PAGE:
2020 fuels are still bringing surprises

Paul Gunton

Paul Gunton · 11 March 2020


A leading engine maker has acknowledged that it has seen increased liner scuffing with 0.50% sulphur fuels and has not yet established why this is. And this is likely to be the case for all engine manufacturers.

Responding to a question during a webinar last week (5 March), Kjeld Aabo, director of new technologies at MAN Energy Solutions, said there is no indication yet about the cause and “we are very much looking into it and I’m sure that other engine designers are doing the same.”

But he does not believe it is caused by the fuel itself; it is more likely to be related to the lubrication arrangements – perhaps to the lube oil’s base number (BN) and feed rate – or to the engine’s piston-ring arrangement or, more generally, what he termed ‘housekeeping’ of the fuel. At MAN Energy Solutions, “we see so many cases and we are investigating what is actually the cause before we say anything,” he said.

Investigations are under way into engine liner scuffing with low-sulphur fuels, reports Kjeld Aabo, director of new technologies and MAN Energy Solutions (image: ShipInsight)

The webinar was the first to be held by the International Council on Combustion engines, known by its French abbreviation, CIMAC, and Mr Aabo chairs its working group on fuels (WG7). Its members are collecting data about this phenomenon and are working “full on to find a concrete conclusion and give a more practical and general recommendation,” he said. The questioner himself provided some information that may prove useful to the WG: it happens with all oil brands and engine types, he said.

During the main part of the webinar, which CIMAC had arranged to provide a briefing about the 2020 sulphur cap, Mr Aabo said that about 90% of engines are now operating on 0.50% sulphur fuel. Based on experience so far, “we know for sure that stability is something that we have to look into [and] that it will be more paraffinic” than previous fuels.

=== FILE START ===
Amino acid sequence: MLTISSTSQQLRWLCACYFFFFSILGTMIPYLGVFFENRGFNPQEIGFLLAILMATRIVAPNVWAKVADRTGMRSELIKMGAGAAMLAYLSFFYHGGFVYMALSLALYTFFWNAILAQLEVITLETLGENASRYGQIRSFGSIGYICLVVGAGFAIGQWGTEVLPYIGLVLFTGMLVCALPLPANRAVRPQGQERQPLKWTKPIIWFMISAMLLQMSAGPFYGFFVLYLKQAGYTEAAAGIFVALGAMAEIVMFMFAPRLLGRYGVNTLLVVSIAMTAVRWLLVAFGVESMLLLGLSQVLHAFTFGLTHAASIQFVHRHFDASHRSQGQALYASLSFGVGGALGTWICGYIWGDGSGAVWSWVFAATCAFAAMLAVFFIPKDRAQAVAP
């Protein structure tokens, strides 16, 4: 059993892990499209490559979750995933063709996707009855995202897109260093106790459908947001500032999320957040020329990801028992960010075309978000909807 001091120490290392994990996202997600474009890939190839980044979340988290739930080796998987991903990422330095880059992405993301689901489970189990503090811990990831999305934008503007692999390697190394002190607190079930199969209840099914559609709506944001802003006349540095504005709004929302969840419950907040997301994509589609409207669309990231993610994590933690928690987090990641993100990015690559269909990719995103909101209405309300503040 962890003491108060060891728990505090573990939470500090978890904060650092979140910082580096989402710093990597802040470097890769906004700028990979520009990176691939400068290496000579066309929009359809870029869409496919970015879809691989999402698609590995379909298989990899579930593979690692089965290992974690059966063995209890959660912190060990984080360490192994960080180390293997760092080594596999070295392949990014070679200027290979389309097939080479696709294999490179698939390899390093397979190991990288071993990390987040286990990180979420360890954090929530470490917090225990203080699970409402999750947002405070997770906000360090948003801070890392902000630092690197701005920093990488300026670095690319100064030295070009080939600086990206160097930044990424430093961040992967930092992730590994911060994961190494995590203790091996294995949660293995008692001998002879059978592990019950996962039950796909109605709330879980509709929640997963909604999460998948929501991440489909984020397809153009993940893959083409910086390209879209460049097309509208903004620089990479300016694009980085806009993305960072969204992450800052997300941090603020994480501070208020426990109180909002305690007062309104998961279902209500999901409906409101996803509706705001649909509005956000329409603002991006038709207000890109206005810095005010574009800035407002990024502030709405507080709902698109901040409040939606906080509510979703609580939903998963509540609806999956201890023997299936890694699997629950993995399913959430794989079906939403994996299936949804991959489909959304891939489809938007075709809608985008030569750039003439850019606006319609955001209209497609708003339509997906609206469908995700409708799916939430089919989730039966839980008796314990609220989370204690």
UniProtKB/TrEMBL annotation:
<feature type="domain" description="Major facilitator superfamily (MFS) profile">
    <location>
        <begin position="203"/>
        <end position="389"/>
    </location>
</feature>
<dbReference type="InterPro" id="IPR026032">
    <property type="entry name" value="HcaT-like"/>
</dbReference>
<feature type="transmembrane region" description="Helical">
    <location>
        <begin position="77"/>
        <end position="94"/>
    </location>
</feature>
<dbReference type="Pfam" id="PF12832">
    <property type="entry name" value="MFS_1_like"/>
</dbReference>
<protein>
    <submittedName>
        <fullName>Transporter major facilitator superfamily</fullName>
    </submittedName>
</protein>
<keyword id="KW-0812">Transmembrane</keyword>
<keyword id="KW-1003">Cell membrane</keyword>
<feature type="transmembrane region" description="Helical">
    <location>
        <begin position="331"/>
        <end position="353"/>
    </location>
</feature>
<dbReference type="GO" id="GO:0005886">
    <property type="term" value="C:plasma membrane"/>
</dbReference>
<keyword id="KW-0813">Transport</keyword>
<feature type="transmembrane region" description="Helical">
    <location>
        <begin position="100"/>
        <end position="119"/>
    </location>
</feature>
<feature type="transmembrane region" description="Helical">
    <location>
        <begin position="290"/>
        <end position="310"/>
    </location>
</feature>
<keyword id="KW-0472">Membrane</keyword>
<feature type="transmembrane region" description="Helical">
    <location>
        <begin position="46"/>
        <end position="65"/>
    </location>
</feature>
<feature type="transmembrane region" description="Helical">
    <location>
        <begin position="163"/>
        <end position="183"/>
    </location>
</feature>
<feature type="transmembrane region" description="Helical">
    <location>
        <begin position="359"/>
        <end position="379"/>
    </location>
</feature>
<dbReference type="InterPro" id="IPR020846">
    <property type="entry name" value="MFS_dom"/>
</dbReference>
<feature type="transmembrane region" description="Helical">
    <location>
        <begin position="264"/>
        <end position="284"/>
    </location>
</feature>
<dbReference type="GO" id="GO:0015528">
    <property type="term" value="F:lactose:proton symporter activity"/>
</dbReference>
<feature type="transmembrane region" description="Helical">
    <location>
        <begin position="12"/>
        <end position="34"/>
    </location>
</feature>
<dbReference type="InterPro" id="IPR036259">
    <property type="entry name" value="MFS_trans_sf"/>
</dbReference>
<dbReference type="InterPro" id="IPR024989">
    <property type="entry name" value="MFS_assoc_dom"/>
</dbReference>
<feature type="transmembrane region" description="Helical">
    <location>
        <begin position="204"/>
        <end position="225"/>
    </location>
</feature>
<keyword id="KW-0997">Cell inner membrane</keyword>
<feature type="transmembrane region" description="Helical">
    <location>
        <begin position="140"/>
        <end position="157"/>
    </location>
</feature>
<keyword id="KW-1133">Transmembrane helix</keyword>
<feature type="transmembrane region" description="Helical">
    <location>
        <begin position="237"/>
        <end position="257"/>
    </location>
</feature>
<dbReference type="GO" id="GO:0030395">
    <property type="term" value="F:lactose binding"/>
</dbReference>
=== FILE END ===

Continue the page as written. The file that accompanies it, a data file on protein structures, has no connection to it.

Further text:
The fuel’s viscosity, density and calculated carbon aromaticity index (CCAI; a measure of its ignition quality) are also different from HFO, so “we have to be aware of what is happening and to do the housework on board according to these new specifications.” And although the new fuels have important differences, “that does not necessarily mean that this is a bad direction to go,” he said.

Charlotte Røjgaard, global head of marine fuel services at Bureau Veritas and secretary of CIMAC’s fuels working group, agreed. She was also speaking in webinar and highlighted a significant benefit from the new fuels. “There is more energy in paraffinic products” – about 3% more, she said – making them “actually quite good fuels” that yield “more energy for your money compared to the high sulphur fuels,” provided temperature is kept under control.

Shealso provided some comparative data between low- and high-sulphur fuels, based on data from the first two months of this year and the corresponding period in 2019. Viscosity and density are lower in low-sulphur fuels and about 25% of samples showed a higher pour-point, because of their paraffinic nature. Micro carbon residue (MCR) is lower for low-sulphur fuels as too is cat fines content, but sediments are about the same, she found, “indicating that the fuels are either unstable in nature or dirty.”

Looking specifically at this year’s data, she found that the proportion of low-sulphur fuels that have been found to be off-spec has halved between January and February, from 4% to 2%. There was also a fall, from about 8% to 5%, of samples that fell within the 95% confidence level of meeting the spec. The amount of sulphur accounted for about half of the samples that were in that borderline situation, with pour-point and sediments also important factors.

Among those that were out-of-spec, about a quarter were because of their sulphur content but “[what was] surprising for us … was to see that 28% of the fuels are out of spec on water [content].”

• Further reading: CIMAC has published a number of relevant documents on its website, including some Joint Industry Guidance on the supply and use of 0.50% sulphur marine fuel, its fuel’s working group’s guideline Marine fuel handling in connection to stability and compatibility and, – published in February – a position paper and two white papers by its Greenhouse Gas (GHG) Strategy Group.

• What is your experience of using 2020-compatible fuels? Have you seen increased engine wear? Have you experienced off-spec fuels? Share your views by emailing me know.

Main image: BV’s tests have shown that the proportion of off-spec fuels has halved between January and February (image: BV)

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